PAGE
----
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Titus Livius (Livy), The History of Rome, Book 1 (ed. Rev. Canon Roberts), chapter 47 (search)
ld prove fruitless. What she wanted, she said, was not a man who was only her husband in name, or with whom she was to live in uncomplaining servitude; the man she needed was one who deemed himself worthy of a throne, who remembered that he was the son of Priscus Tarquinius, who preferred to wear a crown rather than live in hopes of it.The behavior of the yonger Tullia to the mild and gentle Arruns contrasted with that towards Lucius has been well compared to Goneril's attitude towards Albany and towards Edmund. Compare especially her outburst —O the difference between man and man! to thee a woman's services are due: My fool usurps my body. King Lear, Act IV, Scene ii. If you are the man to whom I thought I was married, then I call you my husband and my king; but if not, I have changed my condition for the worse, since you are not only a coward but a criminal to boot. Why do you not prepare yourself for action? You are not, like your father, a native of Corinth or
Southern Historical Society Papers, Volume 1. (ed. Reverend J. William Jones), The treatment of prisoners during the war between the States. (search)
upon the subject. A few days after this I was paroled to assist in the clerical duties of the post adjutant's office, and remained there until released in June, 1865. It must not be supposed that my correspondence with the British minister left the prison in the prescribed channel. I had tried that, and found that certain letters of mine did not reach him. My communications were smuggled out in the manner I have described in this paper, and sent under cover to friends in St. Louis and Albany, who mailed them. I mention this because the Secretary of War took some credit to himself for liberality in my case, as will be seen from the following extract of a letter addressed to Mr. Seward: war Department, Washington City, October 12th, 1864. * * * * * * * * * Mr. Wright makes no complaint of harsh treatment, and the papers which he presents show that the officers who have had him in charge have rendered him every facility in submitting his appeal. * * * * * * * * * If
Eliza Frances Andrews, The war-time journal of a Georgia girl, 1864-1865, I. Across Sherman's track (December 19-24, 1864) (search)
I. Across Sherman's track (December 19-24, 1864) Explanatory note.-At the time of this narrative, the writer's eldest sister, Mrs. Troup Butler, was living alone with her two little children on a plantation in Southwest Georgia, between Albany and Thomasville. Besides our father, who was sixty-two when the war began, and a little brother who was only twelve when it closed, we had no male relations out of the army, and she lived there with no other protector, for a good part of the time, teceiving callers and answering inquiries about Mett that I didn't have time to find out how tired and sleepy I was till I went to bed. Judge Vason happened to be at the hotel when we arrived, and insisted that we should pack up and go with him to Albany next day and stay at his house till we were both well rid of the measles — for it stands to reason that I shall take it after nursing Metta. He said that it had just been through his family from A to Z, so there was no danger of our communicatin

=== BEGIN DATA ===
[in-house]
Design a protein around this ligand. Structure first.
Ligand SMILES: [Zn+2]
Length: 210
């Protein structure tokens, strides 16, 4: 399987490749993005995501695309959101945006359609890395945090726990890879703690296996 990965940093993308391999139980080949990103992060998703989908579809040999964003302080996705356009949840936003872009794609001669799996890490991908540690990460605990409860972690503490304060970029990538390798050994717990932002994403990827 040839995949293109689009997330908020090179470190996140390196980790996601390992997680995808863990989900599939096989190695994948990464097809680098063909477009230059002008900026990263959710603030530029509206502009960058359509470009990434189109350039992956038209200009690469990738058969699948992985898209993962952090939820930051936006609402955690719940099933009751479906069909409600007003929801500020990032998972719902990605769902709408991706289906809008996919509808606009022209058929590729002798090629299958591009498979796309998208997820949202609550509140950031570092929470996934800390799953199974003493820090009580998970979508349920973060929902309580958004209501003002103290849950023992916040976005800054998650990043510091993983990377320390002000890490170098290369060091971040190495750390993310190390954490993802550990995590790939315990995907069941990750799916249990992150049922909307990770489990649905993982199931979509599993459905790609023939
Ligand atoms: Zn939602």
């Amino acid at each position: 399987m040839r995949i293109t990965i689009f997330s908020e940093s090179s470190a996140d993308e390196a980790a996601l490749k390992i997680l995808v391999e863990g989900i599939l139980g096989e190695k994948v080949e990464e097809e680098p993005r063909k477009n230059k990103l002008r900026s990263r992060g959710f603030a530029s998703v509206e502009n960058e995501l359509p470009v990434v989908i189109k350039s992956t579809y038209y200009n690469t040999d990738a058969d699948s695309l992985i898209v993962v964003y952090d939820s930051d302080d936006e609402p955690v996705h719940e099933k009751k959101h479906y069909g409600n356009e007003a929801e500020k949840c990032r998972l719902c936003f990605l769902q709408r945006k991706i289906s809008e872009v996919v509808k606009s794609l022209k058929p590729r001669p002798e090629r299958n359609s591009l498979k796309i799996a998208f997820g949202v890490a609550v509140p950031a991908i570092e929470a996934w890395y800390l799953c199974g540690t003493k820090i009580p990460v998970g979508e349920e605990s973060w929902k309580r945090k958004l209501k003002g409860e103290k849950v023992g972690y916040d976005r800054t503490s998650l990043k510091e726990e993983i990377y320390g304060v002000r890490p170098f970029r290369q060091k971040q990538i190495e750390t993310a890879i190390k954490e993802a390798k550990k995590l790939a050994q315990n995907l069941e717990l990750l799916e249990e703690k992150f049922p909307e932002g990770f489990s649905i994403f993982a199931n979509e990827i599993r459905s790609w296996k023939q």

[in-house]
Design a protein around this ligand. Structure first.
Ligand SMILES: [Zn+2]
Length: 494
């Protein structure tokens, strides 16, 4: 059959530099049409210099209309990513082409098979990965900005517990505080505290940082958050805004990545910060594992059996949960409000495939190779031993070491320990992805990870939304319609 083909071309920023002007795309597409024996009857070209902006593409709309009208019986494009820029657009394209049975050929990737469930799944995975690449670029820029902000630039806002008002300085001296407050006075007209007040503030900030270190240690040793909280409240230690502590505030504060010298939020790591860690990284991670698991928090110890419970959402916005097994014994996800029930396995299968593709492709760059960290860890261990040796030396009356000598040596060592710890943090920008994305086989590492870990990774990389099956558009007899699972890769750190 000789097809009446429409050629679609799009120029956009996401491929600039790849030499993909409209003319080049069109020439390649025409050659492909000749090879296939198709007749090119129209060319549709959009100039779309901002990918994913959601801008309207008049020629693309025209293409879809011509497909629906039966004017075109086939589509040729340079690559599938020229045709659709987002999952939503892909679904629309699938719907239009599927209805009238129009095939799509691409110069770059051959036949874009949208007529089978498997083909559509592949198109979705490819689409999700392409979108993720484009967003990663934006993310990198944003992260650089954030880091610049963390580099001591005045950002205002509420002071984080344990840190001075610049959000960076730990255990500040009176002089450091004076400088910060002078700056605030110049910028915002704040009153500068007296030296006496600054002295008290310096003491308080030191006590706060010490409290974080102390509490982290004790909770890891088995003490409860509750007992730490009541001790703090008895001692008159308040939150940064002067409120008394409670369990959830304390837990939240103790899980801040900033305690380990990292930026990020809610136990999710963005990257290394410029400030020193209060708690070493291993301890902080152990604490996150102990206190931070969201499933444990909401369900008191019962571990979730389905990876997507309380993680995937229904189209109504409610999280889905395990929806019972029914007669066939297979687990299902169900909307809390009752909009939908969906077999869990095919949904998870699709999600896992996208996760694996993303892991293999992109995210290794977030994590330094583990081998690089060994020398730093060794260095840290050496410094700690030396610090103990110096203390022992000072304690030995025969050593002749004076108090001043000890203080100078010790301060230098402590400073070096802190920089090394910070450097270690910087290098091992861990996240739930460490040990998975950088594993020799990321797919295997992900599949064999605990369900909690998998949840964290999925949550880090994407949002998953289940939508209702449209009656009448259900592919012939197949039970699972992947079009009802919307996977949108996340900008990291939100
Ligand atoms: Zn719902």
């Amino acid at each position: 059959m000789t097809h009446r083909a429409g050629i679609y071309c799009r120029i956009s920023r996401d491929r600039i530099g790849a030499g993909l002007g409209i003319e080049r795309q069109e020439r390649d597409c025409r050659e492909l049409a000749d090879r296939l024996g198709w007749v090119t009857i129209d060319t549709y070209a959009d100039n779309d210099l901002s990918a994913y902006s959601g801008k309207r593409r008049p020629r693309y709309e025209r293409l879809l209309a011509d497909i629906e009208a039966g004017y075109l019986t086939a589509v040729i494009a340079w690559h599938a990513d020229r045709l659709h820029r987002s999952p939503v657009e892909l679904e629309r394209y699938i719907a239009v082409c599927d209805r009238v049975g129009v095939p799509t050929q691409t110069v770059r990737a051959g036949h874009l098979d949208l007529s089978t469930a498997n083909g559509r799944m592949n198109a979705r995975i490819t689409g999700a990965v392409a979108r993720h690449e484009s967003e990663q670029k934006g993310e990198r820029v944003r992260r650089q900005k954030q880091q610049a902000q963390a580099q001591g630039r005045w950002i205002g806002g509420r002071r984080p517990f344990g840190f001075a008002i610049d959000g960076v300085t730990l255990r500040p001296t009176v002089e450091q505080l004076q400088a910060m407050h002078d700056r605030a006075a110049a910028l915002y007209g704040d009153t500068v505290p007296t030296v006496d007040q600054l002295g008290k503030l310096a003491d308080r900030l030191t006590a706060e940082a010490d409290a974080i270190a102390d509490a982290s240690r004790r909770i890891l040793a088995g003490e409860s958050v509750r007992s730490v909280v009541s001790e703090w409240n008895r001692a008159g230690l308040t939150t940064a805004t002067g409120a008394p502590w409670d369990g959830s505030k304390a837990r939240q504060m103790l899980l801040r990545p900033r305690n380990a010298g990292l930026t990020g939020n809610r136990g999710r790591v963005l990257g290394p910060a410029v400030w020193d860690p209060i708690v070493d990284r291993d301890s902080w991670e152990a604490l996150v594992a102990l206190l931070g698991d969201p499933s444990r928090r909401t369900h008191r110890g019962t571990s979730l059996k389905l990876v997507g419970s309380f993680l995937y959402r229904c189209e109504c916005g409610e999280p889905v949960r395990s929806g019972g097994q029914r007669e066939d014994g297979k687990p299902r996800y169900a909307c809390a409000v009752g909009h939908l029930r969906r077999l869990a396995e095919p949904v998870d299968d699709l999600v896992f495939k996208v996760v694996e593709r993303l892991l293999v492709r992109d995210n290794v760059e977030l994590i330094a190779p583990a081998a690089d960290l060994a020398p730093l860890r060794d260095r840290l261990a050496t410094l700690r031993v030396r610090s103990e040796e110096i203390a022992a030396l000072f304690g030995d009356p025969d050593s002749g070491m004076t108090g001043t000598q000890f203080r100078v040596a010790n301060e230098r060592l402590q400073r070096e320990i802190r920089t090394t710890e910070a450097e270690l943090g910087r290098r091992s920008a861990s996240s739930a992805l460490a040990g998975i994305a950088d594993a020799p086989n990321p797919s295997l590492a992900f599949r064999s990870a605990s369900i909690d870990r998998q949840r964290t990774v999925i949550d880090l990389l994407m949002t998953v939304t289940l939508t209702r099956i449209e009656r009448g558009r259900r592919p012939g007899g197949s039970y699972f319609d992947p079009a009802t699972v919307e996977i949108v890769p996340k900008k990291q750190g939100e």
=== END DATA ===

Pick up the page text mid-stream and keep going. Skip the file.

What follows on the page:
Eliza Frances Andrews, The war-time journal of a Georgia girl, 1864-1865, chapter 3 (search)
ith her. Metta and I are to spend next week in Albany with Mrs. Sims, if we are not all water-bound rs from getting to us. Jan. 21, Saturday. Albany, Ga I never in all my life knew such furiouner time and Mrs. Sims determined to return to Albany, in spite of high waters and the threatening aMacon at the same time, and a large party from Albany will go that far with us. I have so much compa at daybreak, and on the train, ready to leave Albany. Albert and Jimmy were there, of course, besialdwin, and Clint Spenser and Joe Godfrey from Albany, had come over to dinner, and not finding anybe people from Gopher Hill and a good many from Albany were invited, but very few attended on accounthour before the train was due. At the depot in Albany, Albert Bacon, Joe Godfrey, Mr. Baldwin, and Gh the Joyners, anyway. March 21, Tuesday. Albany Pouring down rain again, but the carriage hHowdy do, Miss Fanny; you made a short trip to Albany. We all jumped up from the table and began [20 more...]
Eliza Frances Andrews, The war-time journal of a Georgia girl, 1864-1865, chapter 4 (search)
the water front of a fashionable seaside resort is built up to-day. The writer had frequently visited this delightful place with her cousin, Miss Victoria Hoxey (Tolie of the diary), who had a married sister living there. April 3, Monday. Albany, Ga All of us very miserable at the thought of parting. Mrs. Meals goes with us as far as Wooten's, on her way to Gopher Hill, so sister and the children are left alone. Brother Troup has been ordered to Gen. Wofford's command in North Georgia, and this separation adds to her feeling of loneliness, but she and the children will soon join us in Washington, so it won't matter so much. The ride to Albany was very unpleasant, the sun scorching hot, the glare of the sand blinding, and Mrs. Meals with a headache. Mr. George Hull writes that the Georgia R. R. will be open for travel by the last of this month, and so our visits to Cuthbert and Macon will just fill in the interval for Mett and me. We can then go home by way of Atlanta.